Photoshop cache is another place better storage can speed things up. In this case, it’s less about reading and writing small files than it is about sustained read/writes of big files. This changes the order slightly.
- SSD or RAID 0 is probably the best media for Photoshop cache.
- If you don’t have any of those at your access, you can also use a conventional 7200 RPM drive.
In order to take advantage of 64-bit applications, you probably need a 64-bit operating system (Lightroom can run in 64-bit on Mac 10.5, which is a 32-bit OS). These operating systems include Snow Leopard and Lion for the Mac and Windows Vista and Windows 7 64-bit versions. The chief reason to work in 64-bit mode is that it enables the use of as much RAM as the machine has available. This can speed up image processing significantly, particularly for large files.
The CPU is the core element of a computer, and its design affects the speed that computations can occur. Because of the number of calculations required for image processing, it is essential that you have a fast processor. Manufacturers are choosing to improve performance through the use of multiple cores, and other changes to the processor architecture.
All high-end computers are now sold with some variation of multiple processors, and/or multiple cores per processor. Each core can handle its own stream of calculations, which speeds up the work done by the computer. It is commonplace to find dual-core and quad-core processors in use for laptops. Desktop machines are currently available with up to 16 cores.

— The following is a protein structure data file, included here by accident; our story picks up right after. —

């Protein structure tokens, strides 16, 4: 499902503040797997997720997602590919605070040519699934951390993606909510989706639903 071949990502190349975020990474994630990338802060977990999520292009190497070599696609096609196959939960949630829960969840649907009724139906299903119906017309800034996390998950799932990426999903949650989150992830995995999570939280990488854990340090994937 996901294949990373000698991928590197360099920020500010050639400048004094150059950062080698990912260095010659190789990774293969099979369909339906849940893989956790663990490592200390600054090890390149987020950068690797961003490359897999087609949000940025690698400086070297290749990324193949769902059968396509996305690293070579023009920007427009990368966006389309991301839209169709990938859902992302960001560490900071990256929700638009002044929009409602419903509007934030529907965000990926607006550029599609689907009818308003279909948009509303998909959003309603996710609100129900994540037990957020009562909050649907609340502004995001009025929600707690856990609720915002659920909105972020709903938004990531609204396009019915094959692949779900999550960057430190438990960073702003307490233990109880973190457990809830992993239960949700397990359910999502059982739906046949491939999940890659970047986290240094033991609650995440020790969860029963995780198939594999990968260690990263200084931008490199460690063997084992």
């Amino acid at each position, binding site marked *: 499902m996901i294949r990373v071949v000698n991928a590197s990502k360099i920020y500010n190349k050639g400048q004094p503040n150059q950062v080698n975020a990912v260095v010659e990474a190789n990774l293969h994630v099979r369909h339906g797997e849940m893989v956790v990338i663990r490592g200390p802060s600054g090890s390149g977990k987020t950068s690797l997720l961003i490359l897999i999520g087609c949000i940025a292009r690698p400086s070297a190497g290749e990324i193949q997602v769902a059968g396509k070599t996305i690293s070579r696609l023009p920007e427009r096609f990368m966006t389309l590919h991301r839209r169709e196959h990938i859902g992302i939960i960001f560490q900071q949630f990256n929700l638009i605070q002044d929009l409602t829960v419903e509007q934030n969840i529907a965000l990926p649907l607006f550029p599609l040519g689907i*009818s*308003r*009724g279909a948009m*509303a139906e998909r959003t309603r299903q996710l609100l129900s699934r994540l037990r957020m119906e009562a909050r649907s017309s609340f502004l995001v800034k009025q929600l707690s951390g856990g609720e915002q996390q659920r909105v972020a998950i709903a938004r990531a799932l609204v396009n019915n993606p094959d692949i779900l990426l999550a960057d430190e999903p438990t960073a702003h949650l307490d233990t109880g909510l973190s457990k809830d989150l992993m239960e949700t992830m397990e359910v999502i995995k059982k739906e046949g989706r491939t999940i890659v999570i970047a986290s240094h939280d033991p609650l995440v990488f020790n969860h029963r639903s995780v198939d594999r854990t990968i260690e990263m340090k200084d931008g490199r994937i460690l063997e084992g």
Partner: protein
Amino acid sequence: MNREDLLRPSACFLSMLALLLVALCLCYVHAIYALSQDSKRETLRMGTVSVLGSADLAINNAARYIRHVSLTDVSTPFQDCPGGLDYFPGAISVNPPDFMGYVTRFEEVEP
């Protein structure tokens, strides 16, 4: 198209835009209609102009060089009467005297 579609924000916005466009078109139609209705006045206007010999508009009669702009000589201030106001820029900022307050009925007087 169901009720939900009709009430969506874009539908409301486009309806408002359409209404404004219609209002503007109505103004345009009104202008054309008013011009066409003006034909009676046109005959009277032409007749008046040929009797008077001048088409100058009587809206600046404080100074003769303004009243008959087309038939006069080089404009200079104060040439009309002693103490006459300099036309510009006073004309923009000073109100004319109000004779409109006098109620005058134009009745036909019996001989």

In order to achieve faster processing, computer programs have largely been re-written to take advantage of multiple processors and multiple cores on those processors (as well as 64-bit operating systems). Most professional image editing programs have been optimized for multiple/multi-core processors.
Note that the speed boost you get from having multiple cores won’t be an exact multiple of the cores. It will depend on the design of the OS, design of the software and whether the task is one that can be split up easily. If you want to maximize performance, you’ll want to find up-to-date tests that measure performance of the software you care about most. Sometimes per-core speed is more important, sometimes the number of cores is the most important.
RAM is where a computer temporarily stores data that it is currently working with. Typically, files are read off the hard disk and loaded into RAM. The processor does its work, and eventually the files are saved back to the hard drive. Since RAM is so much faster than a hard drive, all your computer work goes faster if entire files can be loaded into RAM while they are being worked on, as shown in Figure 1. If the entire file won’t fit into RAM, it has to be “swapped” back and forth to the disk, which slows everything down.
When Photoshop works on a file, it does not only keep one copy of the file in RAM. By storing multiple versions in RAM, Photoshop can speed up everything it does, particularly any kind of “undo”. A file that is only a hundred megabytes may occupy more than a gigabyte of RAM as you work on it, if the space is available.
Figure 1 Files are loaded from the hard drive into RAM and the CPU does its work to them. Eventually, they are saved back to the hard drive.
Cost-effective performance boost